Since 2010, March 24 has marked the International Day for the Right to the Truth concerning Gross Human Rights Violations and for the Dignity of Victims. The date was chosen because on 24 March 1980, the courageous Archbishop of El Salvador, Oscar Arnulfo Romero, was assassinated.

Archbishop Oscar Romero spoke out for the poorest communities during a period of terrible violence in El Salvador. His weekly sermons were broadcast on radio to the whole nation. In his broadcast on 23 March 1980, Romero ordered the army to stop killing people:

“In the name of God, and in the name of this suffering people whose cries rise to heaven more loudly each day, I beg you, I implore you, I order you, in the name of God, stop the repression!”

The next day, a shot killed Romero as he said Mass. A UN report later found that Major Roberto D’Aubuisson had ordered Romero’s death.

With the devastating events in Ukraine at the forefront of our minds, his demand for peace is all too relevant.

As we reflect on the Archbishop’s inspirational life, we hear the call once again to denounce human rights violations of the most vulnerable people, protect life, promote human dignity and stand in opposition to all forms of violence.

Oscar Romero said:

“I will not tire of declaring that if we really want an effective end to violence we must remove the violence that lies at the root of all violence: structural violence, social injustice, exclusion of citizens from the management of the country, repression. All this is what constitutes the primal cause, from which the rest flows naturally.”

This is truly at the heart of Cord’s vision. We work to make peace a reality in places where people don’t have the freedom to exercise their rights. For example, in Burundi, our work focuses on the most marginalised in a society blighted by poverty. These include returning refugees who fled the country during recent violent outbreaks. They face stigma and exclusion. Their land and homes have often been taken by other members of the community. In the last few years, they have suffered further discrimination due to the false assumption that they are spreading coronavirus.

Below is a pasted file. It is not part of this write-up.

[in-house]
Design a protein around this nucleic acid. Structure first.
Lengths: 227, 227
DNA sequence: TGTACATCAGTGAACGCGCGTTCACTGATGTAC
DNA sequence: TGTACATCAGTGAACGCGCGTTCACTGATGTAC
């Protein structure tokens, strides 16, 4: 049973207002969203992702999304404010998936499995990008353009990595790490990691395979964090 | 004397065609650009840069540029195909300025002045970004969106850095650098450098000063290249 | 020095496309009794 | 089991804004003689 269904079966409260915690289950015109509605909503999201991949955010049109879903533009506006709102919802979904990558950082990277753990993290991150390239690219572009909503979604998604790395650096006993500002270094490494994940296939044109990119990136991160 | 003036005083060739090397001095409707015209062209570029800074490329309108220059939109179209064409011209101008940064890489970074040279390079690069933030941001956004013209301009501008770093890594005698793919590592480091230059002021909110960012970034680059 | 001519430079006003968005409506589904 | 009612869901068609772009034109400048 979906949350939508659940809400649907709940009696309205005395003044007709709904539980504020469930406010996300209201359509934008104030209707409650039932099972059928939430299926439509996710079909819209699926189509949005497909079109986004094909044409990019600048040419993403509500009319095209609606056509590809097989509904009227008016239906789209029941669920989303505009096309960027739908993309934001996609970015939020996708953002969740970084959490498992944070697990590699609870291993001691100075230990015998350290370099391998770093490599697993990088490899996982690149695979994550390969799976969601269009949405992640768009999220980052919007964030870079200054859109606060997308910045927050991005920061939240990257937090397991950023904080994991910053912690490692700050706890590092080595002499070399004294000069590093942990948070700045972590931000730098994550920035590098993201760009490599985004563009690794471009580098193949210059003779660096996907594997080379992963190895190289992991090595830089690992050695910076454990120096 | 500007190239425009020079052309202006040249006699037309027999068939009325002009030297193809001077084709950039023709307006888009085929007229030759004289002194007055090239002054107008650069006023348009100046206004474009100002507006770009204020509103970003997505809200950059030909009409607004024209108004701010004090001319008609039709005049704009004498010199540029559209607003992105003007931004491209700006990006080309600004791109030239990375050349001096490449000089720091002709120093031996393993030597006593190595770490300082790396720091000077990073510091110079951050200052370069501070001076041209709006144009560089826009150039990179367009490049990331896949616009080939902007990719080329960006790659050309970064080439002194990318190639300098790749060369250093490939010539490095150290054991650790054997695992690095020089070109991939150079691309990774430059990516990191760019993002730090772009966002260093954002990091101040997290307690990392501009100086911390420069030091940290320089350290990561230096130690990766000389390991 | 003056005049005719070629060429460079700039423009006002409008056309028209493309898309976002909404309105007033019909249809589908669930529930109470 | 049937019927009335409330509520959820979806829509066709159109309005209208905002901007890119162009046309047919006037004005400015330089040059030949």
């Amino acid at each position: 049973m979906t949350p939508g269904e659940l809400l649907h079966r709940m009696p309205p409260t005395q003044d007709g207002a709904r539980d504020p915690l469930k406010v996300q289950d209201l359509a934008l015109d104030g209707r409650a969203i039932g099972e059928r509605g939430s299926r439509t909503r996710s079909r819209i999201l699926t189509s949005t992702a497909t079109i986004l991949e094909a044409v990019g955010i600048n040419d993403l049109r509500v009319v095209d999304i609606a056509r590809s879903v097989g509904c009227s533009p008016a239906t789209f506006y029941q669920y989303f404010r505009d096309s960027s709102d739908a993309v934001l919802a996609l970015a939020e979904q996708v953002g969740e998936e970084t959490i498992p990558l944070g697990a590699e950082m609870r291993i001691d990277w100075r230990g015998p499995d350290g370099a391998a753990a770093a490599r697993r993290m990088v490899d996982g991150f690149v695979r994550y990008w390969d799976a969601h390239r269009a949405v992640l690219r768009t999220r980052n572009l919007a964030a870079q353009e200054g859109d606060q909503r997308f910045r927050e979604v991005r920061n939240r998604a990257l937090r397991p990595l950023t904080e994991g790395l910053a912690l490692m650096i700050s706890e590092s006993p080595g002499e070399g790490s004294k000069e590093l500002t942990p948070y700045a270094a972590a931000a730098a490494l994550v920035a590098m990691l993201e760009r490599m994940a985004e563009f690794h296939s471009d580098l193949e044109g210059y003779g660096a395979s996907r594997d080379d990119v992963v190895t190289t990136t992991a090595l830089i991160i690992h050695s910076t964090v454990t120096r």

“Peace is the product of justice and love.”

The love that you express in your prayers and donations mean that we can work for justice and peace in this challenging situation. We are helping people to find a secure income, to access psychological support, to find peaceful resolutions to their problems and to meet the specific needs of the most vulnerable. The most vulnerable include women, children and the disabled. It is these most vulnerable groups who are being empowered to be change agents for peace in their communities. Could there be a more beautiful expression of peacebuilding? That the most oppressed and vulnerable, in the most difficult circumstances, are the very people who are rising up to bring stability and cohesion to their towns and villages.

Archbishop Oscar Romero’s life came to an end 42 years ago today, but his vision, his mission, his God given ministry lives on:

“You can tell the people that if they succeed in killing me, that I forgive and bless those who do it. Hopefully, they will realize they are wasting their time. A bishop will die, but the church of God, which is the people, will never perish.”